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Michigan lawmakers passed the fiscal year 2025 budget just before they broke for summer recess. The budget includes billions of dollars in funding to continue repairing Michigan’s roads and bridges. However, concerns are being raised as much of that funding is expected to dry up after next year.

By 2026, the state will have used up the last of the $3.5 billion it borrowed as part of the Rebuilding Michigan Plan.

After years of repairs to the state’s roads and bridges, many Michigan drivers say they’ve noticed a difference but say more work still needs to be done.

“They’re not great; the potholes are terrible in some neighborhoods, but the main roads are getting there. So, I feel like we’re getting somewhere,” East Lansing resident Kylie Humble said.

Next year’s state budget includes $4.2 billion for more road construction projects. However, Lance Binoniemi at the Michigan Infrastructure and Transportation Association (MITA) said after 2025, the bond program will run out of money. He said the state would then need to find nearly $4 billion annually for the next 20 years in order to pay off the interest and keep up with deteriorating roads.

“We need to focus on this a little more than what we currently are. Our current budget really is just a flat budget of our current revenues that we’re getting from the gas tax and registration fees,” Binoniemi said.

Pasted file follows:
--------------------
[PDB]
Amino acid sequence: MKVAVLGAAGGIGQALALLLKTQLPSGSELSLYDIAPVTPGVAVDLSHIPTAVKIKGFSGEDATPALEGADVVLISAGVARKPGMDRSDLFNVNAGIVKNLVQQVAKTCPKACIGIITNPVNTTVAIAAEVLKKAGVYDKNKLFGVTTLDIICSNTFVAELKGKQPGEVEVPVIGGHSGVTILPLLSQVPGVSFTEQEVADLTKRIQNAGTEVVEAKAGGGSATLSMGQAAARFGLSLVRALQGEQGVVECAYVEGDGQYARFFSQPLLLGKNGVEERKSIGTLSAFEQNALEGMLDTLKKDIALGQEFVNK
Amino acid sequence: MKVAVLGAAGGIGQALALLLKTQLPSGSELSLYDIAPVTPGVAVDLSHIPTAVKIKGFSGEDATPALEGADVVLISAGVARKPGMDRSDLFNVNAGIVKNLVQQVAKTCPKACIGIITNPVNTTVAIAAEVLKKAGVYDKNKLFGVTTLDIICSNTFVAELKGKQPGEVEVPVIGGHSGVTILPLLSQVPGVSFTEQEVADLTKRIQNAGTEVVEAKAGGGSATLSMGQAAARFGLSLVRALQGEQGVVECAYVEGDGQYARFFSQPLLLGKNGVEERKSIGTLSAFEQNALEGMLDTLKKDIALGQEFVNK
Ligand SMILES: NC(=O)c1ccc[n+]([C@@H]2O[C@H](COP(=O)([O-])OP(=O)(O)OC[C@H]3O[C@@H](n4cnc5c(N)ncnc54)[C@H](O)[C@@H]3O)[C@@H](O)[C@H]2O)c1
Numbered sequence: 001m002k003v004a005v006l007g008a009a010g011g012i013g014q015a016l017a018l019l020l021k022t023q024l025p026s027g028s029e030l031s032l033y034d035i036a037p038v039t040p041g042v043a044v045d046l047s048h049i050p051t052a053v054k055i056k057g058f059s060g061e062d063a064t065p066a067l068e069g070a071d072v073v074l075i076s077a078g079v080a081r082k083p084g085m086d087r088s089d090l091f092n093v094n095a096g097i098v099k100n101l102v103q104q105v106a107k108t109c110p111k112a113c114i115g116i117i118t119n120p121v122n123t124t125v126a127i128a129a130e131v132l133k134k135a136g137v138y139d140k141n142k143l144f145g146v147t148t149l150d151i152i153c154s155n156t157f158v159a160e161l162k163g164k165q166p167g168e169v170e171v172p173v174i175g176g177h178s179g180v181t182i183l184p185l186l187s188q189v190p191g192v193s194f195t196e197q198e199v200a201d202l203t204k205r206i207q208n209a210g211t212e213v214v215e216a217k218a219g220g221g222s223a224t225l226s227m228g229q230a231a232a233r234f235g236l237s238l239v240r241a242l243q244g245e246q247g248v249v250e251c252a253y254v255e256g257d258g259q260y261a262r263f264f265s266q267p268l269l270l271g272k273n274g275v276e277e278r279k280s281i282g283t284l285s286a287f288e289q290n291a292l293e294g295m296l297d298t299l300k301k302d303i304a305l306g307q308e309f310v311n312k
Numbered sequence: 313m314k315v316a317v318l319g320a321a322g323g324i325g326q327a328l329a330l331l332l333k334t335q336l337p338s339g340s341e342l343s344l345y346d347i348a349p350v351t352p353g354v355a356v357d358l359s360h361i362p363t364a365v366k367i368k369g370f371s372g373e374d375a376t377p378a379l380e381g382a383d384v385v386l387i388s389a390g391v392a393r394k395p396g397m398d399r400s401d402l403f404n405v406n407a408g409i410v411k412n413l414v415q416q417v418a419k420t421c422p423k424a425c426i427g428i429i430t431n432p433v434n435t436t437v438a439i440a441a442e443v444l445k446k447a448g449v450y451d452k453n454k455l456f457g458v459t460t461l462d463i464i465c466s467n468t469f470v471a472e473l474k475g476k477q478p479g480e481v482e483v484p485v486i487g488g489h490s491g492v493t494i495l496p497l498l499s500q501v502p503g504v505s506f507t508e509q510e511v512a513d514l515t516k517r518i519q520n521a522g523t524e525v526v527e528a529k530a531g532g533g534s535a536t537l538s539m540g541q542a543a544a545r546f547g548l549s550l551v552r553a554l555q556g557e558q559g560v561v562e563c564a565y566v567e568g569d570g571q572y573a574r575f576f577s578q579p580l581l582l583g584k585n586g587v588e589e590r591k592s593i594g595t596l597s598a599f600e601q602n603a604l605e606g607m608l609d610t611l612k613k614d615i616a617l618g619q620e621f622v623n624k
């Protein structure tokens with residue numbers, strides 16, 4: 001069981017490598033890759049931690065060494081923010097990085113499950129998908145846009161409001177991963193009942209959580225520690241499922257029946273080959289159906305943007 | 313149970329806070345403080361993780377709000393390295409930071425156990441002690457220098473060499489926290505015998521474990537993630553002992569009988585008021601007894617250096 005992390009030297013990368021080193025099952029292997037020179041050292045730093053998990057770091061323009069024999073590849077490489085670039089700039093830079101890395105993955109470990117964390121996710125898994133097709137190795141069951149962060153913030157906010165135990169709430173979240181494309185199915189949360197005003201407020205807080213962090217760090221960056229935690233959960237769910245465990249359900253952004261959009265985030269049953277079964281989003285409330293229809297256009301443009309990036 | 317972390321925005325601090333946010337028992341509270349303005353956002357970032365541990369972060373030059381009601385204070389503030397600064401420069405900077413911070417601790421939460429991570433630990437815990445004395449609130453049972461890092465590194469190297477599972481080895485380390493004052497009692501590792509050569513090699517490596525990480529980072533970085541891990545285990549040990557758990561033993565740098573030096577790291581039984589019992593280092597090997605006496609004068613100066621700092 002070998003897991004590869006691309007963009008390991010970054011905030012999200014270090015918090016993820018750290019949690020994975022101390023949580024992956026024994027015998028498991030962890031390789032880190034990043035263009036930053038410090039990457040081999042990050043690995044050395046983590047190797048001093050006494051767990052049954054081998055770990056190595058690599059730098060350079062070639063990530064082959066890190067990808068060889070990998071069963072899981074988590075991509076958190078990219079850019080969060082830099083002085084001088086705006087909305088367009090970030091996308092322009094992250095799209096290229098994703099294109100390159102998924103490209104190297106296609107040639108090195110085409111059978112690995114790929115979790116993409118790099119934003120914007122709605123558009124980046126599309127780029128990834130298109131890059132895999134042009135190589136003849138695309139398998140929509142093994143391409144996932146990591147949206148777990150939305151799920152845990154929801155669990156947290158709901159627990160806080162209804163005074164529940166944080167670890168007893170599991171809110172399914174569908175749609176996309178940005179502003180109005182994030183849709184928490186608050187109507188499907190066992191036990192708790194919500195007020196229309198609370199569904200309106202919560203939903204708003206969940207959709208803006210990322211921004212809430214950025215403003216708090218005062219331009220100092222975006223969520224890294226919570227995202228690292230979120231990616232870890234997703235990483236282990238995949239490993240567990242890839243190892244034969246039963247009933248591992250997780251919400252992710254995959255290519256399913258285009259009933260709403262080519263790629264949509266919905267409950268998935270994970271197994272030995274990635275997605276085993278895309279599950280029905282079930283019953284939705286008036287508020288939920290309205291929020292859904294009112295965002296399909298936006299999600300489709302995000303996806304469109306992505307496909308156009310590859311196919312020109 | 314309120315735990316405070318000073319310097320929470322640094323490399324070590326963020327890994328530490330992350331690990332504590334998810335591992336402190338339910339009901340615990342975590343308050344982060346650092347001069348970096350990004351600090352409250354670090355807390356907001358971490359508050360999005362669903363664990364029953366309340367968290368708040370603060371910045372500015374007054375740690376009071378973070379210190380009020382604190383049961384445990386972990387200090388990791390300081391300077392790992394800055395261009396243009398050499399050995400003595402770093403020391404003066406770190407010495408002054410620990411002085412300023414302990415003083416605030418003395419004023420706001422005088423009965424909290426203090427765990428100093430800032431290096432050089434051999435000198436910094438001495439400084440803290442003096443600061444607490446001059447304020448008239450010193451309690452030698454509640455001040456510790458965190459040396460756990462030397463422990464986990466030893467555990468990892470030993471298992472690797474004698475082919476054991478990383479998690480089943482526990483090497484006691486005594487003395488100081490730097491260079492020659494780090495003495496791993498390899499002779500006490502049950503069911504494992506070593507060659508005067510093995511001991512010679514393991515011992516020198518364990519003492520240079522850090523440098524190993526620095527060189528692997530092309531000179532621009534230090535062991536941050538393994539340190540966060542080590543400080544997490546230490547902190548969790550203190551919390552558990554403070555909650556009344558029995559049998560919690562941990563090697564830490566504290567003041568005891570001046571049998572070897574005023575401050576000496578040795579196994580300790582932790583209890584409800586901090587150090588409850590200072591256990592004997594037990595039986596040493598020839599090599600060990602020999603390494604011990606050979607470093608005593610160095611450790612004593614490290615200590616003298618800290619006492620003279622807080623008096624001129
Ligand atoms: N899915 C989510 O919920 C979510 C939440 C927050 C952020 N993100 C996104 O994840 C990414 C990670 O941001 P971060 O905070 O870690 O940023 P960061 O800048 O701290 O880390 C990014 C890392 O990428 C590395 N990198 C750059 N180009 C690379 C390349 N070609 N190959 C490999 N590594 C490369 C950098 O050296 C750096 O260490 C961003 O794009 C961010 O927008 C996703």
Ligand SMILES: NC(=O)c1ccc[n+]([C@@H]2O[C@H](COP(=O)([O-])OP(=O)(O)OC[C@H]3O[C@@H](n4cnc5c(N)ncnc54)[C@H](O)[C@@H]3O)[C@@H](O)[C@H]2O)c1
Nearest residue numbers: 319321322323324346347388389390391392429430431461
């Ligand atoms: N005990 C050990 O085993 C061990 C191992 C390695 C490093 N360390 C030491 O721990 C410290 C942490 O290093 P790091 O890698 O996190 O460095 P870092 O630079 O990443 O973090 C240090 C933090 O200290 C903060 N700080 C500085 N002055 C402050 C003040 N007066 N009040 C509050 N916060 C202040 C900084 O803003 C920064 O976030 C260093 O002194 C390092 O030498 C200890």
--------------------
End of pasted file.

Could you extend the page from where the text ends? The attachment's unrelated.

A report from the Michigan Department of Transportation shows that by 2034, 80% of the state’s pavement will be in fair or poor condition. Binoniemi said lawmakers need to find a long-term solution fast.

“This is the best our road condition will be if we do nothing. The roads don’t get better on their own; they don’t repair themselves, and so we need to actually invest more money to get those repairs moving,” Binoniemi explained.

State lawmakers are considering replacing the gas tax and instead charging drivers a fee for every mile they drive. Other states that have begun implementing a per-mile fee, like Utah, charge drivers an annual flat fee or a little over a penny per mile.

“We would really hope that lawmakers focus on the urgency where we currently sit. Again, revenues decline sharply starting next year and into future years,” Binoniemi said.